IFES’ 2014 Hybl Fellow Examines Hybrid Regimes
The William and Kathy Hybl Fellowship, funded by William Hybl, Vice Chairman of the International Foundation for Electoral Systems (IFES) Board of Directors and wife, Kathy, brings an outstanding graduate student every year from the Rocky Mountain region to Washington, D.C. to conduct research in democracy-building.
Previous fellows have found the Hybl Fellowship an excellent boost to their careers in international development or research. Hosted by IFES, a leader in international elections assistance, Hybl Fellows have direct access to IFES experts in democracy-building and research. Fellows also benefit from Washington D.C.’s wide network of democracy professionals, institutions and resources.
This year’s 2014 Hybl fellow is Megan Hauser, a Ph.D. candidate in the School of Government and Public Policy at the University of Arizona. Her research at IFES explored elections in non-democratic hybrid regimes, focusing on how the conditions of an election may affect political party and candidate behavior, and party-voter linkage strategies, including variation in programmatic party positions, negative/coercive appeals and the abuse of state resources. She is particularly interested in elections in the former Soviet Union, including Armenia, Georgia, Kyrgyzstan, Russia and Ukraine.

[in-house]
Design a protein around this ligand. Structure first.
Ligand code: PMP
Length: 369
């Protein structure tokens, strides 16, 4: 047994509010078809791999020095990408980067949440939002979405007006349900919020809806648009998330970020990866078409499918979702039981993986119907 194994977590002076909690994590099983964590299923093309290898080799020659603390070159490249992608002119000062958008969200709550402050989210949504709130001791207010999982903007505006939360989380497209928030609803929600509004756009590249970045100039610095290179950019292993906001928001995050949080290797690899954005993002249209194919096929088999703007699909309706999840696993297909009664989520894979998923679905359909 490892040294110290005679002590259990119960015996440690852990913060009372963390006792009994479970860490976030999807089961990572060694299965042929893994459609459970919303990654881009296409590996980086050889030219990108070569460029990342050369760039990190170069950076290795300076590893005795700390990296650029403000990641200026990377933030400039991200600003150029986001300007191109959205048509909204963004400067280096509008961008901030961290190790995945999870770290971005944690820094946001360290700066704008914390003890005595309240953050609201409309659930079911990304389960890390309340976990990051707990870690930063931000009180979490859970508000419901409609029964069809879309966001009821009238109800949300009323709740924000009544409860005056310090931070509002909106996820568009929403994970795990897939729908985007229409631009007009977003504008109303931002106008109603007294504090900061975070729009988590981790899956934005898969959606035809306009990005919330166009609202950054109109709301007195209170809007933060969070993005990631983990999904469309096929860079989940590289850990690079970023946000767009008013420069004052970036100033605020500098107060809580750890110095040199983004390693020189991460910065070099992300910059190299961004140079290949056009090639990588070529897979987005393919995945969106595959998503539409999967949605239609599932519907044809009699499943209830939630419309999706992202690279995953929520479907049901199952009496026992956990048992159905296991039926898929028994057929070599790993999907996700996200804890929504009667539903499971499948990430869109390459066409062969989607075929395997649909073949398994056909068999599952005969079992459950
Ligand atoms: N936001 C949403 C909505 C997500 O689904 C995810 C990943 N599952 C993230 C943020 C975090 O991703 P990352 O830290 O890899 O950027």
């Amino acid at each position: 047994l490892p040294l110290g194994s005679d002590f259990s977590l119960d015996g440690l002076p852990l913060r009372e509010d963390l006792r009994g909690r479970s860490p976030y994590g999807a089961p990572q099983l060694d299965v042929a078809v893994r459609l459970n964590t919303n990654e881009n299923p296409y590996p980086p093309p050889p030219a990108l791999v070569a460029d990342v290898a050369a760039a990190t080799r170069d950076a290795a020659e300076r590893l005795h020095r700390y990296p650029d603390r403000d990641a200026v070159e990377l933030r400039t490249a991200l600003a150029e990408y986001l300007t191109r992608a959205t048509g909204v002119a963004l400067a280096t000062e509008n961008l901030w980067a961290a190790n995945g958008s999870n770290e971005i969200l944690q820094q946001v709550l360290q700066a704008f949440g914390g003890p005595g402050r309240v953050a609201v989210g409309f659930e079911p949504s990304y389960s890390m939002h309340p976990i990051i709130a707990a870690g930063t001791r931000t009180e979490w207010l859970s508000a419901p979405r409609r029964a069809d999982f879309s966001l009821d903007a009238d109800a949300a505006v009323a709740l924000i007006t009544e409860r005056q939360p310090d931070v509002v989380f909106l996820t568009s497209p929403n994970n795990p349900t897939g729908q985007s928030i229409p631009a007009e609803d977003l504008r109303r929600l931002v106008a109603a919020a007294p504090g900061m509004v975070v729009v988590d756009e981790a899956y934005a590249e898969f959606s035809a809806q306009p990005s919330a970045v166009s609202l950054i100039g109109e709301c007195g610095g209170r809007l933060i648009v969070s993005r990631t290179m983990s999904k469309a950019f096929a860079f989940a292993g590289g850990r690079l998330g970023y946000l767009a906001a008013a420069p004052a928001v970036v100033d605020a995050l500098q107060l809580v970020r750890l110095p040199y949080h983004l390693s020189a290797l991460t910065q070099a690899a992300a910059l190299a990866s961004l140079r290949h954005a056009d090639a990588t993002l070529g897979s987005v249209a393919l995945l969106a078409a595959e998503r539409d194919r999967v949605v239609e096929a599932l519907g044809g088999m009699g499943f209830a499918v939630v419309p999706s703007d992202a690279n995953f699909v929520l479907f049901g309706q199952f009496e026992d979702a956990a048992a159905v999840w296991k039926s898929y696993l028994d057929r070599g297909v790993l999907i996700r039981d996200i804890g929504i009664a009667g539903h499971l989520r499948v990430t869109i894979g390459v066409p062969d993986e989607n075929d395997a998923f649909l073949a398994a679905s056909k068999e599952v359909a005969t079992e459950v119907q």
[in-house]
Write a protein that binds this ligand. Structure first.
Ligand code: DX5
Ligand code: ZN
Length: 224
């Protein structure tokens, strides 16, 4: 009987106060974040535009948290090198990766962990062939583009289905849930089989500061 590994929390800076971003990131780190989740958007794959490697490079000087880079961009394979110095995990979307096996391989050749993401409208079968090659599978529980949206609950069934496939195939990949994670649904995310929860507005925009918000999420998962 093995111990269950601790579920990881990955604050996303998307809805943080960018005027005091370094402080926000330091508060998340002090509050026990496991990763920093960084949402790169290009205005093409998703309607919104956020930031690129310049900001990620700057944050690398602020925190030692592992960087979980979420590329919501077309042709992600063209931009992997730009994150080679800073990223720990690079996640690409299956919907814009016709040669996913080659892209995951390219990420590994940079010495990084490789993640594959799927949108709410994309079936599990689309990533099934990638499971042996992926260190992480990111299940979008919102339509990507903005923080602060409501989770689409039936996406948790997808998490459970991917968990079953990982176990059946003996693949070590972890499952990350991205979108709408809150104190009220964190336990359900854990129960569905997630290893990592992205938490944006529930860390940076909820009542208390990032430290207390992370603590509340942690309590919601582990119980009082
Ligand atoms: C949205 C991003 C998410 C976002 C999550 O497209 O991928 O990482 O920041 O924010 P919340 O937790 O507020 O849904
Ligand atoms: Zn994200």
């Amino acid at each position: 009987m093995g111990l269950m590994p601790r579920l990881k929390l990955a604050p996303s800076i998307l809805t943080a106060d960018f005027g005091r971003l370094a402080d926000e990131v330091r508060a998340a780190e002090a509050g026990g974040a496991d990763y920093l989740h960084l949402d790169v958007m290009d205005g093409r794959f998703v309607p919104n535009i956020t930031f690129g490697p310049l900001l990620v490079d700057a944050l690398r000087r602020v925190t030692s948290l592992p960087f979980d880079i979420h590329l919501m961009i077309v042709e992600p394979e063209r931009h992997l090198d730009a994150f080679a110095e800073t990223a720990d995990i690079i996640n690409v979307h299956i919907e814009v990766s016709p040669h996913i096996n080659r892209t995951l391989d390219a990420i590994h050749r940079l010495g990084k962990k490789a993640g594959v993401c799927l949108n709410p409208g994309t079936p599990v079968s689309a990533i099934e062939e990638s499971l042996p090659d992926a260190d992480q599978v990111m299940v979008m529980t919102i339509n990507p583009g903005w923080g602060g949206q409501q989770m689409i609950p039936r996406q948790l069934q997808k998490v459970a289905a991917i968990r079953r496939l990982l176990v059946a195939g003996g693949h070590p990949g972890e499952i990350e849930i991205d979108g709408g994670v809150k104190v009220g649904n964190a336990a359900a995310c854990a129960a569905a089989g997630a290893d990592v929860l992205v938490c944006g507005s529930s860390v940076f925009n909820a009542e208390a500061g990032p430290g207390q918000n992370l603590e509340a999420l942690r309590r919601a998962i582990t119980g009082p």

As part of her fellowship, Hauser prepared a paper for IFES titled, “Political Accountability or Political Evasion? An Examination of Politician-Voter Linkages in Hybrid Regimes.” The paper explores the relationship between the conditions of elections and the types of strategies and political messages used by political parties and candidates. More specifically, this paper focuses on hybrid regimes, countries that maintain regular democratic institutions like elections but which are typically marred by unfairness and authoritarian behavior. Within democratic societies, elections are intended to provide voters with a mechanism with which to hold political parties and elected officials accountable. For this mechanism to function properly, voters need to understand the policy and program positions of politicians. Recognizing that the political process and politics more generally are underdeveloped and often hindered by authoritarian practices in hybrid regimes, this paper is interested in understanding how political parties and candidates try to connect with voters under these circumstances.